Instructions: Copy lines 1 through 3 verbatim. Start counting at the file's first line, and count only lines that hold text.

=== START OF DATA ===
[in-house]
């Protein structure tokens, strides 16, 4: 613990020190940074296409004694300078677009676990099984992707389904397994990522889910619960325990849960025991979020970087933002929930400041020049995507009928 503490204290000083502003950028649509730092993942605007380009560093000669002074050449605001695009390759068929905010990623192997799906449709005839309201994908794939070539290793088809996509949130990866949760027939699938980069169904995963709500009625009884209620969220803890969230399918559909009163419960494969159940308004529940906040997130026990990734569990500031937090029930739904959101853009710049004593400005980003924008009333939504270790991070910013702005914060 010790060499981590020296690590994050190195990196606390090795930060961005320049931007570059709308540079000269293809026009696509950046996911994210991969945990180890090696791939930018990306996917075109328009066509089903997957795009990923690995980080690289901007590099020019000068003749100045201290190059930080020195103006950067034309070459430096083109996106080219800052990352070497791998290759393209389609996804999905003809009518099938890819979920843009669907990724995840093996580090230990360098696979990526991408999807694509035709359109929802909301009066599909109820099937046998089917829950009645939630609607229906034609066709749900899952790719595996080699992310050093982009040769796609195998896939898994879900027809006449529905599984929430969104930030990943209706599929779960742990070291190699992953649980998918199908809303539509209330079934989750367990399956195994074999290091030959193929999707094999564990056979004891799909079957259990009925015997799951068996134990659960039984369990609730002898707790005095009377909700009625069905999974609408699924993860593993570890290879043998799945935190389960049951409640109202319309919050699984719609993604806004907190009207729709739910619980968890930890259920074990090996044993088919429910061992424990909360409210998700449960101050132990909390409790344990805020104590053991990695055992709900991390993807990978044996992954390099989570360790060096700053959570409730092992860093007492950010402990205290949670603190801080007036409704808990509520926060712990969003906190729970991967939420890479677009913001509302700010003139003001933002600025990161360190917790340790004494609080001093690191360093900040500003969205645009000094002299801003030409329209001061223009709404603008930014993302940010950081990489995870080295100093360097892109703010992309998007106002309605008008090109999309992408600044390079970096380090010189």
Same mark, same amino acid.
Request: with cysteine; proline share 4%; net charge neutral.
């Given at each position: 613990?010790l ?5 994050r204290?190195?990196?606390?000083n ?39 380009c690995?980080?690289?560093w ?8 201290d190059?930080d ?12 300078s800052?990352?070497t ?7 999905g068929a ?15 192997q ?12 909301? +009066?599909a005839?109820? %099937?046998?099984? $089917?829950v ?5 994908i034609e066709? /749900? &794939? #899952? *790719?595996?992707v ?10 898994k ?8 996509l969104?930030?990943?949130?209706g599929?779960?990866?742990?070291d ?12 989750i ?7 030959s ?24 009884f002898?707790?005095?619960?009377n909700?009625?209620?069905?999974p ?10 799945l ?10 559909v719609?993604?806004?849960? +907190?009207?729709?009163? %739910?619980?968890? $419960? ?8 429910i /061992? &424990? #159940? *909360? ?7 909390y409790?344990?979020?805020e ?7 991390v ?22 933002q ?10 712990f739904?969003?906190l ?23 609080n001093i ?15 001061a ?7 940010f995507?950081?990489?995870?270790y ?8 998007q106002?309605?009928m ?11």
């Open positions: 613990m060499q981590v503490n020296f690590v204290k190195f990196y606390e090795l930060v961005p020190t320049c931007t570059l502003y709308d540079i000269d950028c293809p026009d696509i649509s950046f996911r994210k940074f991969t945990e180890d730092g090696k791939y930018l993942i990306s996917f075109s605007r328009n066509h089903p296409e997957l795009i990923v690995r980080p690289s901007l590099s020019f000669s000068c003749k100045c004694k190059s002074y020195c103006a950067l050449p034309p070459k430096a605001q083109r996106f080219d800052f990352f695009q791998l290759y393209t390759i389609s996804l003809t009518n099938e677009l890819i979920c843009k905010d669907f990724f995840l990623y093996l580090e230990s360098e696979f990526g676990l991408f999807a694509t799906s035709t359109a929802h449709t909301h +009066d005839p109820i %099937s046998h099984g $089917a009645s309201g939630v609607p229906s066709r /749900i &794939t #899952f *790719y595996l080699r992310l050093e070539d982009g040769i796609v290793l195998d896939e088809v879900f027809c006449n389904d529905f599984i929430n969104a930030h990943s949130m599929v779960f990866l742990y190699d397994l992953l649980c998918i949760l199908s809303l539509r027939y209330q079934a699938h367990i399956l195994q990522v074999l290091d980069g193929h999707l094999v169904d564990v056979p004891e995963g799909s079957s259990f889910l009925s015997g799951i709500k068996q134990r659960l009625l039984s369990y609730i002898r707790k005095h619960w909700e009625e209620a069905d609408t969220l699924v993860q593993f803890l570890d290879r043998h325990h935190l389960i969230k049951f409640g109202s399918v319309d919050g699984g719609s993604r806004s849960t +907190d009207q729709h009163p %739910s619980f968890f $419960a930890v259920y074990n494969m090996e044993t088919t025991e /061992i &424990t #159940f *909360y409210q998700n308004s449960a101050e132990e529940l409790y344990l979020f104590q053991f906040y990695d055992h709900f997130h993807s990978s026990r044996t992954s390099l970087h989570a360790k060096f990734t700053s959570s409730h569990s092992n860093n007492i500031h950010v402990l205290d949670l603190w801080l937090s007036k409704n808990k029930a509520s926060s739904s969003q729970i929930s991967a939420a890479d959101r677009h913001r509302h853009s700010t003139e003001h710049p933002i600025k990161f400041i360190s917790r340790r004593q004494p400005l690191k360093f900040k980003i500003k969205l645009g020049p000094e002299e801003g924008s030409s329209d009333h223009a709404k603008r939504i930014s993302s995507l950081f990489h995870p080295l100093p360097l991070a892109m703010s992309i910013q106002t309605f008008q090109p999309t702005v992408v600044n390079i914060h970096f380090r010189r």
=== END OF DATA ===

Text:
[in-house]
């Protein structure tokens, strides 16, 4: 613990020190940074296409004694300078677009676990099984992707389904397994990522889910619960325990849960025991979020970087933002929930400041020049995507009928 503490204290000083502003950028649509730092993942605007380009560093000669002074050449605001695009390759068929905010990623192997799906449709005839309201994908794939070539290793088809996509949130990866949760027939699938980069169904995963709500009625009884209620969220803890969230399918559909009163419960494969159940308004529940906040997130026990990734569990500031937090029930739904959101853009710049004593400005980003924008009333939504270790991070910013702005914060 010790060499981590020296690590994050190195990196606390090795930060961005320049931007570059709308540079000269293809026009696509950046996911994210991969945990180890090696791939930018990306996917075109328009066509089903997957795009990923690995980080690289901007590099020019000068003749100045201290190059930080020195103006950067034309070459430096083109996106080219800052990352070497791998290759393209389609996804999905003809009518099938890819979920843009669907990724995840093996580090230990360098696979990526991408999807694509035709359109929802909301009066599909109820099937046998089917829950009645939630609607229906034609066709749900899952790719595996080699992310050093982009040769796609195998896939898994879900027809006449529905599984929430969104930030990943209706599929779960742990070291190699992953649980998918199908809303539509209330079934989750367990399956195994074999290091030959193929999707094999564990056979004891799909079957259990009925015997799951068996134990659960039984369990609730002898707790005095009377909700009625069905999974609408699924993860593993570890290879043998799945935190389960049951409640109202319309919050699984719609993604806004907190009207729709739910619980968890930890259920074990090996044993088919429910061992424990909360409210998700449960101050132990909390409790344990805020104590053991990695055992709900991390993807990978044996992954390099989570360790060096700053959570409730092992860093007492950010402990205290949670603190801080007036409704808990509520926060712990969003906190729970991967939420890479677009913001509302700010003139003001933002600025990161360190917790340790004494609080001093690191360093900040500003969205645009000094002299801003030409329209001061223009709404603008930014993302940010950081990489995870080295100093360097892109703010992309998007106002309605008008090109999309992408600044390079970096380090010189």
Same mark, same amino acid.